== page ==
“Healthy soil is hard to measure but really easy to show. When you pull a plant out and it looks like Rasta hair … it means you have healthy soil” Kok said.

To improve soil health you must reduce disturbance, keep soil covered and always have something growing Kok urges. Research has proven that cover crops coupled with no-till practices increases output, reduces fertilizer inputs, increases water holding capacity and improves aggregate stability.

“In some instances, farmers have cut chemical costs by 80 percent,” he said. Disease is down, there is more weed control, higher yields and nutrients are tied down to the land, not washed away Kok reveals.

Loran Steinlage, owner of FloLo Farm in West Union, Iowa, advocates for keeping a living plant in the soil year-round. Steinlage has adapted centuries old techniques into his modern-day operation; intercropping and companion planting, practices not traditionally utilized with row crops. Steinlage pushes relay cropping to the next level by cycling up to three crops in the same field. He states that interseeding provides “living soil armor” making crops resilient to temperature and moisture extremes. These practices have substantially increased the soils moisture retention and nutrient density while reducing input costs.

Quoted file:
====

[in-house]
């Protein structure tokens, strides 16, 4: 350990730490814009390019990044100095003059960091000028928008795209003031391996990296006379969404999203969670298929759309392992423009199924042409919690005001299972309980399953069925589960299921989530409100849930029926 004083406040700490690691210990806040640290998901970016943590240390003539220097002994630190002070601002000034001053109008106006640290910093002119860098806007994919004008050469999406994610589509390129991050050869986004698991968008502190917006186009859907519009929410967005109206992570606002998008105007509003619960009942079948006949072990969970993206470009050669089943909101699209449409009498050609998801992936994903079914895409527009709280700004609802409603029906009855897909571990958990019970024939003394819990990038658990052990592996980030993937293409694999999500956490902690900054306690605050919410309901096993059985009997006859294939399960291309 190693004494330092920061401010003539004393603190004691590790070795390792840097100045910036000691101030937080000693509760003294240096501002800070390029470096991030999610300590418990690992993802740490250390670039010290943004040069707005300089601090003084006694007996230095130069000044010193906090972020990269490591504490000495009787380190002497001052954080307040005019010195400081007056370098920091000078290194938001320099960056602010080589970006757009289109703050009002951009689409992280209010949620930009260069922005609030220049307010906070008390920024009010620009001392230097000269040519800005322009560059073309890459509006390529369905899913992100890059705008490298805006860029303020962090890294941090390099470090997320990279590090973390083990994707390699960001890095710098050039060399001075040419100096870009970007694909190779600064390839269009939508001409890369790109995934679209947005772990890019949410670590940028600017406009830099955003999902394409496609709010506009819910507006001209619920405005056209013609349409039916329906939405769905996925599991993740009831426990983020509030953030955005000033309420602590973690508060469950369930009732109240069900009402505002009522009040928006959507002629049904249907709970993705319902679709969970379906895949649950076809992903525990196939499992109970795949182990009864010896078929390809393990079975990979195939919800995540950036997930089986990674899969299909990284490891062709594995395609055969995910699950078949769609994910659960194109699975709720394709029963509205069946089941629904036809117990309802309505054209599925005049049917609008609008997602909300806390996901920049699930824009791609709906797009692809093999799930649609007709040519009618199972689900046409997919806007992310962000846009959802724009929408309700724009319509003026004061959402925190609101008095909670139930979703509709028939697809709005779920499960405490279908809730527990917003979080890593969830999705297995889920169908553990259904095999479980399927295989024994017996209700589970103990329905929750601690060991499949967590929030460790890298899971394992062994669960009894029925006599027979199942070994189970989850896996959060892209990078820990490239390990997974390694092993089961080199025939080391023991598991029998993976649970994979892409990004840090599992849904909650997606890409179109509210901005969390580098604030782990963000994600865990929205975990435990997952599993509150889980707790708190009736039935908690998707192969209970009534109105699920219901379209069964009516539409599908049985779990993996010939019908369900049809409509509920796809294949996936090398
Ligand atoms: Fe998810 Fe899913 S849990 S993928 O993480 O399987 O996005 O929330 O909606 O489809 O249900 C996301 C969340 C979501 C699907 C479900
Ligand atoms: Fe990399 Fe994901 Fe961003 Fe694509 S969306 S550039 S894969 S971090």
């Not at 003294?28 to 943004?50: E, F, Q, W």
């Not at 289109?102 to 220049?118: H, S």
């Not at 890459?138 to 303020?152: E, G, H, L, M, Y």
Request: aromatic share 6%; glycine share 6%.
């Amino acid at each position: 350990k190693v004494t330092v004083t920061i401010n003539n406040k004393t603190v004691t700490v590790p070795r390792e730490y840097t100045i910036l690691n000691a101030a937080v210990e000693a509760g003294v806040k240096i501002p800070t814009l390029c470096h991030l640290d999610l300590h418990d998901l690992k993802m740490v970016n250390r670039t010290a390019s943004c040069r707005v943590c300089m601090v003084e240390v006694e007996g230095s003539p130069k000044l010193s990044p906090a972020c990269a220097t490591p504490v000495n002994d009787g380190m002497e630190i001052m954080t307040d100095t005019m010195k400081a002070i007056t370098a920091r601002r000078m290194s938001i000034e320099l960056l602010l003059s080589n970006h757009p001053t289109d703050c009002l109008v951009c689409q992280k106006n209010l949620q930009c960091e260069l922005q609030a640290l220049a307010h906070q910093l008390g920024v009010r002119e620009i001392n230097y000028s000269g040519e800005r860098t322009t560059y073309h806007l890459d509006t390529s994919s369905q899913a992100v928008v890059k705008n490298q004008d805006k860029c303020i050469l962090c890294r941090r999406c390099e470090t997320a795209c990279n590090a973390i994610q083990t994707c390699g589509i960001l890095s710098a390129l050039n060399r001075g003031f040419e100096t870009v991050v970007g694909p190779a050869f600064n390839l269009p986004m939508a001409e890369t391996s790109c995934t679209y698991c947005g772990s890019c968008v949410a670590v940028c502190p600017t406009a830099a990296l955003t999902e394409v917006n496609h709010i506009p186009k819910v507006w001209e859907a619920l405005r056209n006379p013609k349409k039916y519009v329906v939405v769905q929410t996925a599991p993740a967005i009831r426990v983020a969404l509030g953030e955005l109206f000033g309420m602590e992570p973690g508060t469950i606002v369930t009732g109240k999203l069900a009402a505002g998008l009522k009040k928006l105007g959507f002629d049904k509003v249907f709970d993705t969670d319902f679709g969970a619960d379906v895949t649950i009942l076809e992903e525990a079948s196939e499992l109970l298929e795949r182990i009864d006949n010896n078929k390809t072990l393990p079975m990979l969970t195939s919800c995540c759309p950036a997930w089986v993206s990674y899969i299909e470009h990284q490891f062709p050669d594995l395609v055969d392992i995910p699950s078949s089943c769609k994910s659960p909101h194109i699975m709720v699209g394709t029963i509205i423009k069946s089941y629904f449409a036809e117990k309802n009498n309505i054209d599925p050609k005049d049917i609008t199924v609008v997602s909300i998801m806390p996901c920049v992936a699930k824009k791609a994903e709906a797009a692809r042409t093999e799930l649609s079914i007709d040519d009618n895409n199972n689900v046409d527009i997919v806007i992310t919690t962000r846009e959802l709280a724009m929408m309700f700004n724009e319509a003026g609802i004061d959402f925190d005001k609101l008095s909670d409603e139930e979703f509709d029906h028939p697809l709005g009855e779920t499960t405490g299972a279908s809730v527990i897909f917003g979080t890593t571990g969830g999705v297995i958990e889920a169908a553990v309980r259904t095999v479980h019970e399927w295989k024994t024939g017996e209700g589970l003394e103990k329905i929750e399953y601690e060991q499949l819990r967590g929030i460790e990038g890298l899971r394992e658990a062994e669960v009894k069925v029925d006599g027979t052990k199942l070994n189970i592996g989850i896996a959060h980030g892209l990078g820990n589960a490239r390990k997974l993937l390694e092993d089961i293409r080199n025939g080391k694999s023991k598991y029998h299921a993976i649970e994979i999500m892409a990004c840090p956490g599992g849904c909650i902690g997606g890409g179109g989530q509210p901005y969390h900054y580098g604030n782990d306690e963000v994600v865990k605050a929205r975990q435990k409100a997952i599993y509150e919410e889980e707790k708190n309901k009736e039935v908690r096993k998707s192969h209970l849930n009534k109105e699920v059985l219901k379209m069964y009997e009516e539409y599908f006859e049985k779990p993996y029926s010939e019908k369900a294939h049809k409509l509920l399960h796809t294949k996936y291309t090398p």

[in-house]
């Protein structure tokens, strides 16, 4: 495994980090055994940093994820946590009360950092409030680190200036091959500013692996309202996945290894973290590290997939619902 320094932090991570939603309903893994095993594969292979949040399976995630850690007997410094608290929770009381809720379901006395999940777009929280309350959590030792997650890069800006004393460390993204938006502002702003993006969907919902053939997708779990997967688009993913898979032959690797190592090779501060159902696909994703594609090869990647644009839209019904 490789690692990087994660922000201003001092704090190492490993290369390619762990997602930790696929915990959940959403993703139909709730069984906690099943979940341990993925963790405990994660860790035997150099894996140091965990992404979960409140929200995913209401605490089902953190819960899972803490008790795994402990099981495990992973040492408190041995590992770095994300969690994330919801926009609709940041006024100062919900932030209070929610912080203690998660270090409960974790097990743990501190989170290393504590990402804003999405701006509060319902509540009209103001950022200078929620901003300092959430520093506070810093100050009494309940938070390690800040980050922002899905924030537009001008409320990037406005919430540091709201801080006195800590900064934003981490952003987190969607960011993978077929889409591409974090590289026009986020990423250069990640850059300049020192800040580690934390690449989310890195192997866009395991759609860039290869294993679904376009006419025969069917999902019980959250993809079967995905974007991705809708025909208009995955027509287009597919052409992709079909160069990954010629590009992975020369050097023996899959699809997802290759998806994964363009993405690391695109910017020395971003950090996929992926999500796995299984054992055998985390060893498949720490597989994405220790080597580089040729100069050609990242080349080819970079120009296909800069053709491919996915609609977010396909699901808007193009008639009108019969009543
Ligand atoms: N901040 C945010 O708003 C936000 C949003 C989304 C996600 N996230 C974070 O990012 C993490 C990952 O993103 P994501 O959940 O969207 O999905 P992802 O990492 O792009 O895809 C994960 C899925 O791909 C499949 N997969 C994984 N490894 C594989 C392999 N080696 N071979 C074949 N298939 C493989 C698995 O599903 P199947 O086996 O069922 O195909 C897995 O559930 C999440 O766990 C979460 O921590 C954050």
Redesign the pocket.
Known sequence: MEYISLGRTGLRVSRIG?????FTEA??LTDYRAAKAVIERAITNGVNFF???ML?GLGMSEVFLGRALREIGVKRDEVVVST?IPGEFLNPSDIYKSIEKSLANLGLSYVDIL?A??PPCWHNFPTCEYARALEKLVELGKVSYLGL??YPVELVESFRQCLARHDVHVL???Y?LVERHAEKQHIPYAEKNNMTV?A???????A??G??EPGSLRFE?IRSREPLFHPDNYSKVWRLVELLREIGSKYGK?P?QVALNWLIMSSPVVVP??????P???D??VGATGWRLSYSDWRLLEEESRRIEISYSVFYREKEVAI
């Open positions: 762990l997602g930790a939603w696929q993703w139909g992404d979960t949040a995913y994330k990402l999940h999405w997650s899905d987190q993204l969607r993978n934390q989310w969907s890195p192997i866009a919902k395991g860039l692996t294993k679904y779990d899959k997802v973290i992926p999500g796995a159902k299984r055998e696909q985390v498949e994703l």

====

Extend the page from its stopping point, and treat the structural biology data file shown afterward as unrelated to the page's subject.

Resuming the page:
Steinlage urged attendees not to “take anything [said] up here today as gospel” because it needs to be adapted to work in your situation. He continued, “Mother Nature is illiterate, she can’t read your plans.”

 For more information including presentation materials visit www.sussexconservation.org/resources/news or call 302-856-3990 ext. 3.

 About the Delaware Soil Health Partnership:

 Founded in 2014 through SCD, the Delaware Soil Health Partnership provides workshops and field days throughout the year to help farmers develop farm specific strategies to improve soil health.

About the Sussex Conservation District: